Figure 1Complication risk associated with superior venous oxymetry.
      CPR, cardiopulmonary resuscitation; ECMO, extracorporeal membrane oxygenation.
      We therefore propose that a structured protocol be implemented to assess the need for ECMO support when hemodynamics remain borderline despite efforts to optimize oxygenation and tissue perfusion [11]. In addition to an SvO2 below 45% as the key parameter, significant tricuspid regurgitation and continuously rising serum lactate or failure to lower lactate within the first postoperative day, discussion of preemptively deploying ECMO should precede the collapse of this complex and highly vulnerable hemodynamic state. After initiation of ECMO, once hemodynamics have stabilized and bleeding has stopped, cardiac catheterization should be considered. Since patients with HLHS often have additional complex malformations, residual lesions can be found in a large proportion of patients, and outcomes improve with timely intervention [12].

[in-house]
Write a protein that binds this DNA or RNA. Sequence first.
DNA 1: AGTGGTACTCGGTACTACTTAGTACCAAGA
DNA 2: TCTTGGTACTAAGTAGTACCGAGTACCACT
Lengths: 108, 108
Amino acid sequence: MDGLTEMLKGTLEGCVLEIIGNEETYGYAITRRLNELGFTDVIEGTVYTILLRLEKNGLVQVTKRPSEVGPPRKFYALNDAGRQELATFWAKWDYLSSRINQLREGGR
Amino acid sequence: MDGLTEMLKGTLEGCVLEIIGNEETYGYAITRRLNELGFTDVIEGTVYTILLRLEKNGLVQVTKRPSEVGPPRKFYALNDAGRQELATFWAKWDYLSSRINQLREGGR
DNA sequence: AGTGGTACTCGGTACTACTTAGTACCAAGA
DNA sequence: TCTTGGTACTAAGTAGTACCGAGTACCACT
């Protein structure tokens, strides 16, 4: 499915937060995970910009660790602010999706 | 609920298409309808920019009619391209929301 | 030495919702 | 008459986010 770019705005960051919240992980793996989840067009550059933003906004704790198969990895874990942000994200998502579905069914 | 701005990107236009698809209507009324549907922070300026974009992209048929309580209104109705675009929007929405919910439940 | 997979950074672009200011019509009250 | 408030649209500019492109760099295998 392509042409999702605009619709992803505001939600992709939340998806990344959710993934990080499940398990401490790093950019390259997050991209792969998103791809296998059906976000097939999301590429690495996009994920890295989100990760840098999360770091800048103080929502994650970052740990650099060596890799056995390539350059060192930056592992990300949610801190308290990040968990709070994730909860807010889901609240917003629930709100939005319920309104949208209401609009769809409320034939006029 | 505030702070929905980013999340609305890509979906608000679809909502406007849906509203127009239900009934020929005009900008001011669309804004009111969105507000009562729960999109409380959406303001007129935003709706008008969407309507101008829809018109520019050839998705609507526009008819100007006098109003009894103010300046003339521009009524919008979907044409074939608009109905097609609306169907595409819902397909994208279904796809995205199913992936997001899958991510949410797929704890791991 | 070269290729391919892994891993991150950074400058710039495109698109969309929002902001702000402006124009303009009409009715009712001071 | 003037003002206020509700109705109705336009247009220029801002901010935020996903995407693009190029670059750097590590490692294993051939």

Declaration of interests
      The authors declare that they have no known competing financial interests or personal relationships that could have appeared to influence the work reported in this paper.


      1. Zaleski KL, Valencia E, Matte GS, et al. How We Would Treat Our Own Hypoplastic Left Heart Syndrome Neonate for Stage 1 Surgery. J Cardiothorac Vasc Anesth. 2023 Jan 8:S1053-0770(23)00001-0. doi: 10.1053/j.jvca.2023.01.003. Epub ahead of print. PMID: 36717315.